What are the routes in for graduates wanting to work at RBS?
The main routes into RBS are the graduate programmes offered by our three business areas: Corporate & Institutional Banking, Commercial & Private Banking and Personal & Business Banking – and our Services and Functions business areas.
When and how should graduates apply?
Our advice is to apply as soon as possible! Our grad scheme opens in August and begins in September the following year. You can apply while you’re at university or once you’ve graduated. We fill the vast majority of our roles on a first come, first served basis, and we know that more and more students are applying earlier and earlier year on year. Graduates should apply through the RBS website.
“We’ve made our application process easier, quicker and more engaging”
– Sara Reading, RBS
What stages does the application process involve?
We’ve made our application process easier, quicker and more engaging – our application form should now take no longer than an hour to complete. It’s a four-stage process. As well as the application form, there are two reasoning tests, a telephone interview and then an assessment centre. We’re also very aware it’s a two-way process, and that it’s as important to convince candidates we’re right for them as it is for candidates to prove they’re right for us.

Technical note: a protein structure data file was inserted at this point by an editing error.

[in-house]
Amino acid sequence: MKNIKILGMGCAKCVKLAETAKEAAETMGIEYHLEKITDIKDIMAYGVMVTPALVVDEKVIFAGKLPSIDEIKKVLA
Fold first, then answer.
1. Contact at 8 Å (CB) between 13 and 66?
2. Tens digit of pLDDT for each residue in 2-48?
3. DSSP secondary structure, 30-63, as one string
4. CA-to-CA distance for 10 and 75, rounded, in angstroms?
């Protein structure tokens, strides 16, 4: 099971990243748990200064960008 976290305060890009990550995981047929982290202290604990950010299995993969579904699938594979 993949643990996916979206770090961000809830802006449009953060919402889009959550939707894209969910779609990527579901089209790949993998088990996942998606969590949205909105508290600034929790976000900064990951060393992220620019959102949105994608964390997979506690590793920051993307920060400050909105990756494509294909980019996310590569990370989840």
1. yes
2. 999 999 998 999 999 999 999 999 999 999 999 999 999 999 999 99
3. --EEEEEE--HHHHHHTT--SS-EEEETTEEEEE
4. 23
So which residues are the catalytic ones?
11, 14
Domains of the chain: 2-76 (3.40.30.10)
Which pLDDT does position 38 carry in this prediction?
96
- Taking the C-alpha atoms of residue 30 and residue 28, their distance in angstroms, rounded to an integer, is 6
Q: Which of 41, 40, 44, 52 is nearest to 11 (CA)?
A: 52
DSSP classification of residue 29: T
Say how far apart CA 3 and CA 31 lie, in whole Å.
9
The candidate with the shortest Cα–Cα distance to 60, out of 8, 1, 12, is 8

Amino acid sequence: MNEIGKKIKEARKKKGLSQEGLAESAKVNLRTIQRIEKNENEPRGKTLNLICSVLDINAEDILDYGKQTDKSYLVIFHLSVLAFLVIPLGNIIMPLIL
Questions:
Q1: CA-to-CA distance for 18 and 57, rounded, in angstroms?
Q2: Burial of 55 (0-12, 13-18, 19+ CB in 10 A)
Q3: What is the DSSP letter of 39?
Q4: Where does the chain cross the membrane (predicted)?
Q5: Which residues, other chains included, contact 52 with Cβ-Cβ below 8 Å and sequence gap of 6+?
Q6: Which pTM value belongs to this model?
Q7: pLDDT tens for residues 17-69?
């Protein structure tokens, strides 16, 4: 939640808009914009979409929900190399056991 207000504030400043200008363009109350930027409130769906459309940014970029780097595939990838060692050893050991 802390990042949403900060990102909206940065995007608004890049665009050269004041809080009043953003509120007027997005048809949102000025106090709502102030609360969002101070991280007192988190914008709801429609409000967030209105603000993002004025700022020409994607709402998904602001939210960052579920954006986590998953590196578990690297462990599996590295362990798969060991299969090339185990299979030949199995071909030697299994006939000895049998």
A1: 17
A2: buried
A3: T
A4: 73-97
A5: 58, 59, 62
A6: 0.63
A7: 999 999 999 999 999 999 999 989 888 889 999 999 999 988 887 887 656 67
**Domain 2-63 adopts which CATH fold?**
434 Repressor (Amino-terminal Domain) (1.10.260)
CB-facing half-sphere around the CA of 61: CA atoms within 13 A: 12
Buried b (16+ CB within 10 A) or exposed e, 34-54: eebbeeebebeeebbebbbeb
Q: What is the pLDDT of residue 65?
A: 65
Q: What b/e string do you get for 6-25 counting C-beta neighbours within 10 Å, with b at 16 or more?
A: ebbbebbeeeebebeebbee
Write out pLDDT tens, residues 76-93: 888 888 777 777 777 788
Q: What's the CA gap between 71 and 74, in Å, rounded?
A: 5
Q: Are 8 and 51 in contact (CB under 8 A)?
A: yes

Do you respond to all applications, whether successful or unsuccessful?
We do and we respond within 48 hours. We also provide everyone with feedback.
Any tips for standing out at application stage?